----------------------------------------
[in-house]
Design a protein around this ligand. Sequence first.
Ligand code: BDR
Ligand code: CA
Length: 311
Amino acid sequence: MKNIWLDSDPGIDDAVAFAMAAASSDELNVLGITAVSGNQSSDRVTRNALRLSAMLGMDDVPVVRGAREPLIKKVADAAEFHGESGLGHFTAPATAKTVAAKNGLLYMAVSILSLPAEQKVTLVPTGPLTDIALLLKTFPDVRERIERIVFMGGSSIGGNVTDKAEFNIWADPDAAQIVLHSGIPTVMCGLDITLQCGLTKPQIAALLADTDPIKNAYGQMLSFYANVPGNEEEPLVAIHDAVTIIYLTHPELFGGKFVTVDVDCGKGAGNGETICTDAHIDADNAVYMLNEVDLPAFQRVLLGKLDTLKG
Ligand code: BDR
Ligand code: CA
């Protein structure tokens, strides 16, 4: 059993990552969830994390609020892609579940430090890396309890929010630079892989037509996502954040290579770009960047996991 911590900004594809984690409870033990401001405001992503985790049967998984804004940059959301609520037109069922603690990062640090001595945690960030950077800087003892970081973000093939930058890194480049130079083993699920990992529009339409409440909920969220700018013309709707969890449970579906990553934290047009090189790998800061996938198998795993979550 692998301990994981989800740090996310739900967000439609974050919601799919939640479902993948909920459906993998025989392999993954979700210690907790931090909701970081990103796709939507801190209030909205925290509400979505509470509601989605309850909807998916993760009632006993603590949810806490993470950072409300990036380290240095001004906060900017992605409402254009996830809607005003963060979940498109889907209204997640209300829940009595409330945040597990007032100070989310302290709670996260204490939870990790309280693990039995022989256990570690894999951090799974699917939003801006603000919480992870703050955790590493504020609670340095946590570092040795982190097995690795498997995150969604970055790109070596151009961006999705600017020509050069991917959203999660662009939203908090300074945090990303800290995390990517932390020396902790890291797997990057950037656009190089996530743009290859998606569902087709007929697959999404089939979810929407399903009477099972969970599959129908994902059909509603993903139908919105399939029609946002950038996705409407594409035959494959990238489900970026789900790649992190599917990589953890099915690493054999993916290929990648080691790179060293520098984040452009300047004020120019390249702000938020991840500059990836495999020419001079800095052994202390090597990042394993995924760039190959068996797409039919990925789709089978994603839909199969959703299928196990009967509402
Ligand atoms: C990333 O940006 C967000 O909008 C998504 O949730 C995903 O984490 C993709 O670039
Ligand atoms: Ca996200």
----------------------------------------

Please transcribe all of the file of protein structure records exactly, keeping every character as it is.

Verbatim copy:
[in-house]
Design a protein around this ligand. Sequence first.
Ligand code: BDR
Ligand code: CA
Length: 311
Amino acid sequence: MKNIWLDSDPGIDDAVAFAMAAASSDELNVLGITAVSGNQSSDRVTRNALRLSAMLGMDDVPVVRGAREPLIKKVADAAEFHGESGLGHFTAPATAKTVAAKNGLLYMAVSILSLPAEQKVTLVPTGPLTDIALLLKTFPDVRERIERIVFMGGSSIGGNVTDKAEFNIWADPDAAQIVLHSGIPTVMCGLDITLQCGLTKPQIAALLADTDPIKNAYGQMLSFYANVPGNEEEPLVAIHDAVTIIYLTHPELFGGKFVTVDVDCGKGAGNGETICTDAHIDADNAVYMLNEVDLPAFQRVLLGKLDTLKG
Ligand code: BDR
Ligand code: CA
């Protein structure tokens, strides 16, 4: 059993990552969830994390609020892609579940430090890396309890929010630079892989037509996502954040290579770009960047996991 911590900004594809984690409870033990401001405001992503985790049967998984804004940059959301609520037109069922603690990062640090001595945690960030950077800087003892970081973000093939930058890194480049130079083993699920990992529009339409409440909920969220700018013309709707969890449970579906990553934290047009090189790998800061996938198998795993979550 692998301990994981989800740090996310739900967000439609974050919601799919939640479902993948909920459906993998025989392999993954979700210690907790931090909701970081990103796709939507801190209030909205925290509400979505509470509601989605309850909807998916993760009632006993603590949810806490993470950072409300990036380290240095001004906060900017992605409402254009996830809607005003963060979940498109889907209204997640209300829940009595409330945040597990007032100070989310302290709670996260204490939870990790309280693990039995022989256990570690894999951090799974699917939003801006603000919480992870703050955790590493504020609670340095946590570092040795982190097995690795498997995150969604970055790109070596151009961006999705600017020509050069991917959203999660662009939203908090300074945090990303800290995390990517932390020396902790890291797997990057950037656009190089996530743009290859998606569902087709007929697959999404089939979810929407399903009477099972969970599959129908994902059909509603993903139908919105399939029609946002950038996705409407594409035959494959990238489900970026789900790649992190599917990589953890099915690493054999993916290929990648080691790179060293520098984040452009300047004020120019390249702000938020991840500059990836495999020419001079800095052994202390090597990042394993995924760039190959068996797409039919990925789709089978994603839909199969959703299928196990009967509402
Ligand atoms: C990333 O940006 C967000 O909008 C998504 O949730 C995903 O984490 C993709 O670039
Ligand atoms: Ca996200």